Teresa Wright Published on March 16, 2009

Angry residents, politicians reorganize to fight cellphone tower decision

Local residents and politicians upset by a recent Industry Canada ruling allowing Rogers to build a cell tower close to their homes are organizing once again to oppose the tower’s construction.
A group of residents who successfully lobbied Charlottetown city council to unanimously vote against allowing the tower’s construction in an area off Mt. Edward Road met Sunday to decide their next action.
The residents are worried about negative health effects from the proposed tower’s radio waves.
“I’m worried about my health,” said Sister Rita Kelly of Mount St. Mary’s. “I don’t want electromagnetic waves so close to our building.”
City council voted last year not to allow Rogers to build a 47-metre cellphone tower in the area, which is close to UPEI, several schools and child care centres as well as numerous homes. But Rogers appealed the decision before Industry Canada. This federal body reviewed the case and decided the city’s concerns were unjustified.
“We have determined that the main thrust of the residents’ concerns are related to the perceived health impact,” said a letter from Industry Canada officials to the city.
“Our analysis has confirmed that the proposed installation will be in full compliance with Health Canada’s Safety Code.”
Now, residents and concerned Islanders who fought against this tower almost two years ago are disheartened to find they must continue a fight they thought they’d already won.
“I’m so mad I could spit,” said Gwen Young, whose home is only a few dozen metres from the proposed cell tower location.
“We did everything we were supposed to do and we’re at it again. I shouldn’t be so emotional about this but I am,” she said, wiping tears from her eyes.
She and other area residents are worried about the links some scientists have made to several types of cancer.
Catherine Mullally has been one of the most passionate lobbyists against the tower. She has binders filled with data about the negative health effects of electromagnetic waves that emanate from these kinds of towers.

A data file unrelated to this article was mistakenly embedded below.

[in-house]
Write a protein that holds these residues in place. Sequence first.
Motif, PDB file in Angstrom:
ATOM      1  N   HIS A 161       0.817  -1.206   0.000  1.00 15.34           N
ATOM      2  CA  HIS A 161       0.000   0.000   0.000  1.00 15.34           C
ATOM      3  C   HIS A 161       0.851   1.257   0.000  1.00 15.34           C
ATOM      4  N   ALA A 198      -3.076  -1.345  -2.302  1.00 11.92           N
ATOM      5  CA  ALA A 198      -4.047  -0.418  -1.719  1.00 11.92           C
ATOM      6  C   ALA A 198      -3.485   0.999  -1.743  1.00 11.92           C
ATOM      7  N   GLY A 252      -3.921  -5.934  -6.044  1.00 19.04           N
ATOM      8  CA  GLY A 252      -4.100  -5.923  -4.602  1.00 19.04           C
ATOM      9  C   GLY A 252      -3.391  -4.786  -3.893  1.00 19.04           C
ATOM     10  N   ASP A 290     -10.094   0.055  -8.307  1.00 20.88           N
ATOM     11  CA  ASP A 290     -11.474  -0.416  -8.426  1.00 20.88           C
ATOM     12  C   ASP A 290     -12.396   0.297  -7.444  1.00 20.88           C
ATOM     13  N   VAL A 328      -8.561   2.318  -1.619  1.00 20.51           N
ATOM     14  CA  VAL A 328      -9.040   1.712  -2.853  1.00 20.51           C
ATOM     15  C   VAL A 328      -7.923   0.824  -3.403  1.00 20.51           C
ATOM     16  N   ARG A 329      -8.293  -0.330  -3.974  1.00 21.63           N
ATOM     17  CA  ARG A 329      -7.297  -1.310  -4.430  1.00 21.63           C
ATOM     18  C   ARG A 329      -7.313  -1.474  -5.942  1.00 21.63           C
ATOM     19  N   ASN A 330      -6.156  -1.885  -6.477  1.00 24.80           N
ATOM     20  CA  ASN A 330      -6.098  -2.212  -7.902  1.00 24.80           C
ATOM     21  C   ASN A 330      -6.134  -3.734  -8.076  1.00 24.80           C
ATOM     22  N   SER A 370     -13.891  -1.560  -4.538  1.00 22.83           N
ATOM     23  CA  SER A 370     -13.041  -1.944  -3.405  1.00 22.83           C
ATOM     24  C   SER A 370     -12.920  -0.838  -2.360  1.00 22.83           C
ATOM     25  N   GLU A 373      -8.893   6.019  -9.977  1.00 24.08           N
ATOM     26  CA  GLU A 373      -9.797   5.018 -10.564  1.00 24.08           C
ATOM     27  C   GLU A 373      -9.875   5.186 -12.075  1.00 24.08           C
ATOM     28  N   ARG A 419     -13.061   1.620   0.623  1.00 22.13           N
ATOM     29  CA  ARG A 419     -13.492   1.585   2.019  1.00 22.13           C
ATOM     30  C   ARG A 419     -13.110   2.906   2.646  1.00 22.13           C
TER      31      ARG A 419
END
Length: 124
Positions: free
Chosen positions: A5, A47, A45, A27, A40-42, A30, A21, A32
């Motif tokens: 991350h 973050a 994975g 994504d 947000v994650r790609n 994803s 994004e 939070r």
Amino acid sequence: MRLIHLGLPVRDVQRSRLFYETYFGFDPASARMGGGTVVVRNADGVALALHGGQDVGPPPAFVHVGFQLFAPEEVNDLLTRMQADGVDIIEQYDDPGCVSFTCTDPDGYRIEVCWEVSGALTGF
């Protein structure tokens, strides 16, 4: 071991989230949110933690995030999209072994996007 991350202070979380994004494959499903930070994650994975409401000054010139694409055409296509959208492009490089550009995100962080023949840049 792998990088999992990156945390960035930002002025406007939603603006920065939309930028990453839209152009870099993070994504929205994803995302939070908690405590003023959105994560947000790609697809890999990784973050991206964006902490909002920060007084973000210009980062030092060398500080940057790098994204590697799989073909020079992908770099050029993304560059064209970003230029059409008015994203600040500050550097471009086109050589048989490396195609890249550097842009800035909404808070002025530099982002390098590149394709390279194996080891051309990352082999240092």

“People who live close to antennas and cellphone antennas have a higher likelihood of developing cancer, especially leukemia,” Mullally said, citing a scientific study. “We are not against cellphones as such, we are just interested in preserving our health.”
City Coun. David MacDonald also attended the public meeting on Sunday. He said council is as shocked as residents are with Industry Canada’s decision to allow the tower to go ahead.
“City council has taken a bit of a hit these last two weeks by bodies that haven’t been elected that seem to overrule our decisions and we’re not real happy with that,” he said. “These people have no accountability, they just make the decision and move on to the next one and it’s hardly fair.”
MacDonald said council is talking to lawyers about how they can overturn the decision. Industry Canada has told the city the decision cannot be appealed, so council is looking into a possible judicial review.
“In this particular case, just because they have the ability to allow (Rogers’) appeal, doesn’t mean they were right to allow it.”
Charlottetown MP Shawn Murphy was also at the meeting and is upset by the situation. He said he plans to write to federal Industry Minister Tony Clement to raise concern about his department’s decision.
“There has been no consultation between the Department of Industry and the people of Charlottetown and this decision was made by city council after an exhaustive review of the entire issue. I am taken aback that Rogers would come into the community and build the tower knowing full well that the residents of Charlottetown do not want it built in that location.”http://www.theguardian.pe.ca/News/Regional/2009-03-16/article-1289117/Angry-residents,-politicians-reorganize-to-fight-cellphone-tower-decision/1